In advance of President Joe Biden’s proposal to provide two years of community college education without tuition and fees, congressional Democrats have introduced legislation drawn along similar lines.
Called the America’s College Promise Act of 2021, and introduced by authorizing (education) committee members Rep. Andy Levin (D-Michigan) and Sen. Tammy Baldwin (D-Wisconsin) along with the committee chairs, the legislation largely tracks previously introduced Promise legislation, with some key differences.
In introducing the bill, Levin stated, “The America’s College Promise Act will make good on the American promise of a high-quality education by offering free community college to all Americans, removing financial barriers that have kept working Americans from pursuing their education and professional development.”
Baldwin added that everyone should have the opportunity to gain the education and skills they need to succeed without drowning in student debt.
Sen. Patty Murray (D-Washington), chair of the Senate Health, Education, Labor and Pensions Committee, noted that, “As a former community college instructor in Washington State, I have personally seen the positive change that community colleges make in students’ lives. These institutions create pathways for students to pursue higher education and provide training for individuals to enter the workforce.”
Major features of legislation
Some of the bill’s major features:
Core Federal-State Partnership/Cost-Sharing
- The federal government provides three-fourths of the average resident national community college tuition to states for each eligible student; states provide one-fourth of the average tuition (state match may be reduced if national or state unemployment rate rises).
- States will waive community college tuition and fees for all eligible students (irrespective of the current level of tuition).
- States must meet maintenance-of-effort requirements for the average of the three previous years concerning: FTE spending for all public education; state support for operations of four-year public institutions; need-based financial aid.
- Federal funding is guaranteed by being made “mandatory” spending rather than subject to annual appropriations.
- Indian tribes also receive grants, generally under the same conditions as states.
- States may use funds (if any exist) beyond those needed to waive tuition and fees for a variety of purposes.
- Students must be enrolled half-time or more to qualify for zero tuition.
- Eligibility is limited to six semester (or the equivalent), regardless of enrollment status.
- Students must be enrolled in Title IV-eligible program to qualify—Title IV student eligibility is not required—and they must qualify for “in-State resident community college tuition,” unless they are so precluded by their immigration status. States may not impose additional eligibility requirements on eligible students other than those in the legislation.
- Community college tuition may not increase more than the most recent Consumer Price Index increase or 3%, whichever is lower.
- Applications must include promising and evidence-based institutional reforms and innovative practices to improve student outcomes, including transfer and completion rates, that have been or will be adopted by each such community college.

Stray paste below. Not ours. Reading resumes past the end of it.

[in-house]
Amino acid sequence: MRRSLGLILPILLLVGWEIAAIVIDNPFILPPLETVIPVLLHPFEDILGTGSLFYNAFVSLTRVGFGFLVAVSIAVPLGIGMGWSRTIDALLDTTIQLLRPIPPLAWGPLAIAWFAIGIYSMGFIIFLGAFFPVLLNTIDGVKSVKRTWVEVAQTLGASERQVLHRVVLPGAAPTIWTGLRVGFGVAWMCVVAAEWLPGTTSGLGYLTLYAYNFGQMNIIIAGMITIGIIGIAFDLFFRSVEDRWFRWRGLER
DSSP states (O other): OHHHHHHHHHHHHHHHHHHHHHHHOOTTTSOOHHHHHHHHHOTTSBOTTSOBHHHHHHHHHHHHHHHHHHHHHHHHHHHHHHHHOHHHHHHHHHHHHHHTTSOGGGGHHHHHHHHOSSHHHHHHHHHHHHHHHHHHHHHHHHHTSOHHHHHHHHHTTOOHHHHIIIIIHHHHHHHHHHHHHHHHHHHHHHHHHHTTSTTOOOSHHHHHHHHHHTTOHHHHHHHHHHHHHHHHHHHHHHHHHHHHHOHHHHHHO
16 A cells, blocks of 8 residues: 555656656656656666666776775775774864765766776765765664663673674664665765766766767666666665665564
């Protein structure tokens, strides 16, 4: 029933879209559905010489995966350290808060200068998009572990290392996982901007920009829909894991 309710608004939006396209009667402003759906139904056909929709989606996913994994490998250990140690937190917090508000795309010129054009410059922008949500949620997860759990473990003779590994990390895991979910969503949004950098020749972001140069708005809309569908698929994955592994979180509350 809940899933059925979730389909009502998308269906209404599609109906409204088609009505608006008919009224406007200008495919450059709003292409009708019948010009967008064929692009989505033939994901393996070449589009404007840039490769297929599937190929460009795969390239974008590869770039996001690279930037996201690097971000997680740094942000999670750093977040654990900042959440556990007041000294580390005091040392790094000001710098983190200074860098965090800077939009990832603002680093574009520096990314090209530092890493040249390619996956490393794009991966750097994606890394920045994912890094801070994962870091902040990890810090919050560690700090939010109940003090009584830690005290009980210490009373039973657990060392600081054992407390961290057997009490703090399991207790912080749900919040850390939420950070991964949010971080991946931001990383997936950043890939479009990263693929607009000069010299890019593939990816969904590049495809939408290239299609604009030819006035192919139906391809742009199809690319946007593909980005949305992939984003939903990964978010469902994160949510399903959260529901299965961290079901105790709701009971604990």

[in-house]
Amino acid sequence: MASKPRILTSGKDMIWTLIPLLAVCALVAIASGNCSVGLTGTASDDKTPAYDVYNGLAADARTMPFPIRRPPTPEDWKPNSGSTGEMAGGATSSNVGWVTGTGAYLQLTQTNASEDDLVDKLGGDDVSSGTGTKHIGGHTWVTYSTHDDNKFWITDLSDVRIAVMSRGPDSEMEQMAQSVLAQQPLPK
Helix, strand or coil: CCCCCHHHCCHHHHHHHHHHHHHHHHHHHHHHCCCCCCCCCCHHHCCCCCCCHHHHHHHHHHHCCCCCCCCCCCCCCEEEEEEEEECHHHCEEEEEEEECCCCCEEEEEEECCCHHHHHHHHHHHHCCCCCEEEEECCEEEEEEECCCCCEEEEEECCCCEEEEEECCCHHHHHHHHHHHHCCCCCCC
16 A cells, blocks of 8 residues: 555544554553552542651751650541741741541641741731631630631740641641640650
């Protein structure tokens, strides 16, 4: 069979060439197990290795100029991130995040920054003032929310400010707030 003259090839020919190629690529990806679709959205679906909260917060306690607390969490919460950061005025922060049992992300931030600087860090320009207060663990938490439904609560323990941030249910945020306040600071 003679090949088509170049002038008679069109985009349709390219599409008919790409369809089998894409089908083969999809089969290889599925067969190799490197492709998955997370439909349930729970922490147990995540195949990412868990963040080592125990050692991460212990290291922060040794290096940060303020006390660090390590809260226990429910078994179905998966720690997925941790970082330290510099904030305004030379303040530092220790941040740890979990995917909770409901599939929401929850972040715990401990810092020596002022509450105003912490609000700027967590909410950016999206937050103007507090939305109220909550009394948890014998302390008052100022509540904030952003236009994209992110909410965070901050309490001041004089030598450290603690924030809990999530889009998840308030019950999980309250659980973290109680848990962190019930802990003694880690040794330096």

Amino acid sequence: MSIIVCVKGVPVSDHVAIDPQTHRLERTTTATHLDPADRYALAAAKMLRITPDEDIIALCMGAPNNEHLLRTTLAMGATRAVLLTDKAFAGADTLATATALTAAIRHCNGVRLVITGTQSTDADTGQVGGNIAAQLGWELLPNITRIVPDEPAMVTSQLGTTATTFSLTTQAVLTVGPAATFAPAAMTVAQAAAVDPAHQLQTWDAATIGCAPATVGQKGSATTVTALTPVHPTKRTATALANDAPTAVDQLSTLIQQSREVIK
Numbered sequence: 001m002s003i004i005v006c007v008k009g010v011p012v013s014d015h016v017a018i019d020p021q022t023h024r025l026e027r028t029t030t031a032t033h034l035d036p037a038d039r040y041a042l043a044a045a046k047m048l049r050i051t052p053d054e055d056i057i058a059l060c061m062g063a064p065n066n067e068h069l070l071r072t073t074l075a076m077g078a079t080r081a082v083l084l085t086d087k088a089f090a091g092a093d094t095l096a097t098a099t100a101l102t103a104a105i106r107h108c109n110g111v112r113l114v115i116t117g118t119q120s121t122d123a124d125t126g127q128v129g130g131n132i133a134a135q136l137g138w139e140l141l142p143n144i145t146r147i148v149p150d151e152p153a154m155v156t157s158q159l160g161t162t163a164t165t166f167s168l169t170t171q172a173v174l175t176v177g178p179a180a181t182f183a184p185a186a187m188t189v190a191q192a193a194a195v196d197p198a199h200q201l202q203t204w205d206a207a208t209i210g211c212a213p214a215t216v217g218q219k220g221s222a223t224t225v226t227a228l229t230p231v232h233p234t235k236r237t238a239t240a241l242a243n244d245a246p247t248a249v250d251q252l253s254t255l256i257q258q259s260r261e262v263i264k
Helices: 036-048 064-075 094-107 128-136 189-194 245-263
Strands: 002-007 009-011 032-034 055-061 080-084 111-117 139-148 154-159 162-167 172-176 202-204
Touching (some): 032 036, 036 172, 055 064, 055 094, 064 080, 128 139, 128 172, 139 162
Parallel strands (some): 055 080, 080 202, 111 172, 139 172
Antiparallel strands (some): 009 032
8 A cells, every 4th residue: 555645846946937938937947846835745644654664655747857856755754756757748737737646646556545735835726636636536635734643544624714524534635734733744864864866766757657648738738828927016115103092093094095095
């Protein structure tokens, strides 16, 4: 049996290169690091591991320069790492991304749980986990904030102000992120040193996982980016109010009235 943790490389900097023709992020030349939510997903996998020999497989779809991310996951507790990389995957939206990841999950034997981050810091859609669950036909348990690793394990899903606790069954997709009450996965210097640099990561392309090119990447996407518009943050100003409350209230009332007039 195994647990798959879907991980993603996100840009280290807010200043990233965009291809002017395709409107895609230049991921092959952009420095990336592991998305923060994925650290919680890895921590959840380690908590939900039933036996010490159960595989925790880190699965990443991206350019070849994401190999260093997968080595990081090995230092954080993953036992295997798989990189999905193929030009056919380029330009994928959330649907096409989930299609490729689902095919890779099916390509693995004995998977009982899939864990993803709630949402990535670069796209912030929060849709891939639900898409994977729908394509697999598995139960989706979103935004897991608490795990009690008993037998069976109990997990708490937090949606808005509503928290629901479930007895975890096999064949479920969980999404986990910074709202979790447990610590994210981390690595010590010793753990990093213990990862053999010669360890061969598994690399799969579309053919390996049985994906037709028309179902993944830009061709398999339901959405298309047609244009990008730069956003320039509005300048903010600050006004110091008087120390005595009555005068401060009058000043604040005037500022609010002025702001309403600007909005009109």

- States must ensure that programs leading to a recognized postsecondary credential meet Workforce Innovation and Opportunity Act (WIOA) quality standards.
- States must develop plans to ensure that high school graduation requirements allow students to directly enter credit-bearing community college programs.
- States must ensure that community college associate degrees are fully transferable to, and credited as, the first two years of related baccalaureate programs at public institutions of higher education in the state.
State Student Success Fund
- A $1 billion annual formula grant program to states is created to enhance student success, with a match starts at 25% for the first four years of program and increases over time, reaching 100% in years nine and 10. States are to use funds to implement promising and evidence-based institutional reforms and innovative practices to improve student outcomes.
- A variety of benchmarks and reporting requirements are associated with the receipt of funds.
AACC strongly supports the America’s College Promise Act. Some of the key advocacy arguments on behalf of the legislation include that it will:
- Bring more students into higher education.
- Help community college students in the most financial need as a “first dollar” program that allows the use of student aid for non-tuition expenses.
- Enhance diversity in higher education and strengthen America’s workforce.
- ACP will facilitate transfer and educational progression.
- ACP requires states to contribute their fair share to higher education.
The ACP legislation has a long route to enactment. The likeliest course is for the bills to be included in a sweeping “budget reconciliation” measure, using the same parliamentary course as the American Rescue Plan Act — meaning that the bill would likely pass only with Democratic votes.
The budget reconciliation bill would likely be passed late this summer or in the fall and probably include pieces of President Biden’s American Jobs Plan and the just-announced America’s Family Plan. If enacted, such legislation would almost certainly exclude major portions of Biden’s proposals, making community college advocacy on behalf of ACP imperative.